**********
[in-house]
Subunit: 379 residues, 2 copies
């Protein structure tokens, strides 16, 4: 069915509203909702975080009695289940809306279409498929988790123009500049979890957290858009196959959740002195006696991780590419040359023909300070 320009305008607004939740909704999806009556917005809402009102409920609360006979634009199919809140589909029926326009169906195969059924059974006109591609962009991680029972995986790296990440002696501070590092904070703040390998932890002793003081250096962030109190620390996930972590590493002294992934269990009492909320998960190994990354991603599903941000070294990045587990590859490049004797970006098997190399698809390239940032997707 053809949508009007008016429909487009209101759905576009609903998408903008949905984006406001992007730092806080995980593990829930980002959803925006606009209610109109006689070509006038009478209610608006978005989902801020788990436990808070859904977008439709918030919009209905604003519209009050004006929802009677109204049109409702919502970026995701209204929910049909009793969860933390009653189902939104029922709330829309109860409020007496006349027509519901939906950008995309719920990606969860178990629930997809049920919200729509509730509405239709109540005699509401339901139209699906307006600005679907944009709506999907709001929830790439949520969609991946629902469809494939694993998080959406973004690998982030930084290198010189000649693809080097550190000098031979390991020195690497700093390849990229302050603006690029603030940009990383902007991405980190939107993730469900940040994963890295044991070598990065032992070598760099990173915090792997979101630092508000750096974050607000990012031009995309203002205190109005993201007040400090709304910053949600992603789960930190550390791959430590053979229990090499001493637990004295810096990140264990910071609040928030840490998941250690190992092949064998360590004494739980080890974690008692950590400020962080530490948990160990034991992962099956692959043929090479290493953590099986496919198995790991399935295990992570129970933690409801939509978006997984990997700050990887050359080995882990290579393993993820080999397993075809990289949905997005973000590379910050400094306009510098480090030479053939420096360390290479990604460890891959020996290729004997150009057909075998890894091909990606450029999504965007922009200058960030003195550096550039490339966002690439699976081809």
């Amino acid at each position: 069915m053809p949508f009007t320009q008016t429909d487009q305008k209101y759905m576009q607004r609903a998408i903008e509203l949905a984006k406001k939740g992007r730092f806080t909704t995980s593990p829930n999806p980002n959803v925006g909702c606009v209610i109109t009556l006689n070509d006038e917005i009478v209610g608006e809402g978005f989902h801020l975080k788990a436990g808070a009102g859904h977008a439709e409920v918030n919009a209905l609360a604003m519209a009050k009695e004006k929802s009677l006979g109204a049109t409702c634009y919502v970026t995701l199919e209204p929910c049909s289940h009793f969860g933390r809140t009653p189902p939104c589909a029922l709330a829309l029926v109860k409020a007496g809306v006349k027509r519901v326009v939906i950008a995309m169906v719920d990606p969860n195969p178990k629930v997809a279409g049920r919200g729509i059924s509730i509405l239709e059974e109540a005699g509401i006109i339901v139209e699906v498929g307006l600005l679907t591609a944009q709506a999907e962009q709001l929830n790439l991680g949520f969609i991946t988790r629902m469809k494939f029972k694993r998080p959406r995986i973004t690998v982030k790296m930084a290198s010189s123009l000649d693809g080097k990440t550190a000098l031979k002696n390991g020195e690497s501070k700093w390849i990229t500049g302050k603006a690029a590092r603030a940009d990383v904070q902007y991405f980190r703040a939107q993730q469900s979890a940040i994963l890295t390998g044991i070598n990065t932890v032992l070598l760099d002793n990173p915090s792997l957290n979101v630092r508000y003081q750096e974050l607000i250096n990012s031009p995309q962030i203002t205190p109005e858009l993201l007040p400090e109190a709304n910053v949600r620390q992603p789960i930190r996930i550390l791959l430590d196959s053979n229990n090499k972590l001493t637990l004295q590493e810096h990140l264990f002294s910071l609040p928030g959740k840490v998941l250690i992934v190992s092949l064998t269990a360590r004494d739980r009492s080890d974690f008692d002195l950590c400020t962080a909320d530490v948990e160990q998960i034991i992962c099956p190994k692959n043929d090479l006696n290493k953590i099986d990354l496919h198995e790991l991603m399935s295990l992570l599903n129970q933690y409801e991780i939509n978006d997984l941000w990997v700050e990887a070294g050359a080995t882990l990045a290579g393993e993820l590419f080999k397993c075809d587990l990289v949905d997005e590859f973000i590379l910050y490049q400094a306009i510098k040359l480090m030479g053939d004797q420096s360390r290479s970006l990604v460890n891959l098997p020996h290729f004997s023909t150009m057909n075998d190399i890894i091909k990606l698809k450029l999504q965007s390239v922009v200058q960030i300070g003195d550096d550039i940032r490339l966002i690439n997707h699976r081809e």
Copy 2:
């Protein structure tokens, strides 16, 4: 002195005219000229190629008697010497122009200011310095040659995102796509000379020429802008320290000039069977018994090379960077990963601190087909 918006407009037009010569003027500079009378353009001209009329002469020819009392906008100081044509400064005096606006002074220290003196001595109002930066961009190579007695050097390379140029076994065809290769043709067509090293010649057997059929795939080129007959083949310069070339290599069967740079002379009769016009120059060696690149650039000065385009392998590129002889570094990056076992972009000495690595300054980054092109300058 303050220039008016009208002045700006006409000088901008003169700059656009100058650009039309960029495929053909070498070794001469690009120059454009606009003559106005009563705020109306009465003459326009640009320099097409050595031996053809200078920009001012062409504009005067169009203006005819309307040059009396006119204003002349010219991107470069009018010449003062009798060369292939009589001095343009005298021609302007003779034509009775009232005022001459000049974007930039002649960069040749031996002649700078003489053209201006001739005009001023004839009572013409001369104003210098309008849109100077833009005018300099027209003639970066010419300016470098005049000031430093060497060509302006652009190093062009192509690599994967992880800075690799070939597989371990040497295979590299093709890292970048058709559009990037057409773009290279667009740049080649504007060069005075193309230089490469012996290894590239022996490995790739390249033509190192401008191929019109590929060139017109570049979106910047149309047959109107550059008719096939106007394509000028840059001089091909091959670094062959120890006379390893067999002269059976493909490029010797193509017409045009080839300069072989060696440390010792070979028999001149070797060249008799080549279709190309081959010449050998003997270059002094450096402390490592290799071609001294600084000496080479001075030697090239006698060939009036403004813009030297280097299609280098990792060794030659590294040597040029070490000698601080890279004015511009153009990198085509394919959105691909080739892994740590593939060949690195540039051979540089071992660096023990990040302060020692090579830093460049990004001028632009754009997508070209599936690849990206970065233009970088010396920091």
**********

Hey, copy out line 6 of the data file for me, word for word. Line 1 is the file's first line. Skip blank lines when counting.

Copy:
């Protein structure tokens, strides 16, 4: 002195005219000229190629008697010497122009200011310095040659995102796509000379020429802008320290000039069977018994090379960077990963601190087909 918006407009037009010569003027500079009378353009001209009329002469020819009392906008100081044509400064005096606006002074220290003196001595109002930066961009190579007695050097390379140029076994065809290769043709067509090293010649057997059929795939080129007959083949310069070339290599069967740079002379009769016009120059060696690149650039000065385009392998590129002889570094990056076992972009000495690595300054980054092109300058 303050220039008016009208002045700006006409000088901008003169700059656009100058650009039309960029495929053909070498070794001469690009120059454009606009003559106005009563705020109306009465003459326009640009320099097409050595031996053809200078920009001012062409504009005067169009203006005819309307040059009396006119204003002349010219991107470069009018010449003062009798060369292939009589001095343009005298021609302007003779034509009775009232005022001459000049974007930039002649960069040749031996002649700078003489053209201006001739005009001023004839009572013409001369104003210098309008849109100077833009005018300099027209003639970066010419300016470098005049000031430093060497060509302006652009190093062009192509690599994967992880800075690799070939597989371990040497295979590299093709890292970048058709559009990037057409773009290279667009740049080649504007060069005075193309230089490469012996290894590239022996490995790739390249033509190192401008191929019109590929060139017109570049979106910047149309047959109107550059008719096939106007394509000028840059001089091909091959670094062959120890006379390893067999002269059976493909490029010797193509017409045009080839300069072989060696440390010792070979028999001149070797060249008799080549279709190309081959010449050998003997270059002094450096402390490592290799071609001294600084000496080479001075030697090239006698060939009036403004813009030297280097299609280098990792060794030659590294040597040029070490000698601080890279004015511009153009990198085509394919959105691909080739892994740590593939060949690195540039051979540089071992660096023990990040302060020692090579830093460049990004001028632009754009997508070209599936690849990206970065233009970088010396920091």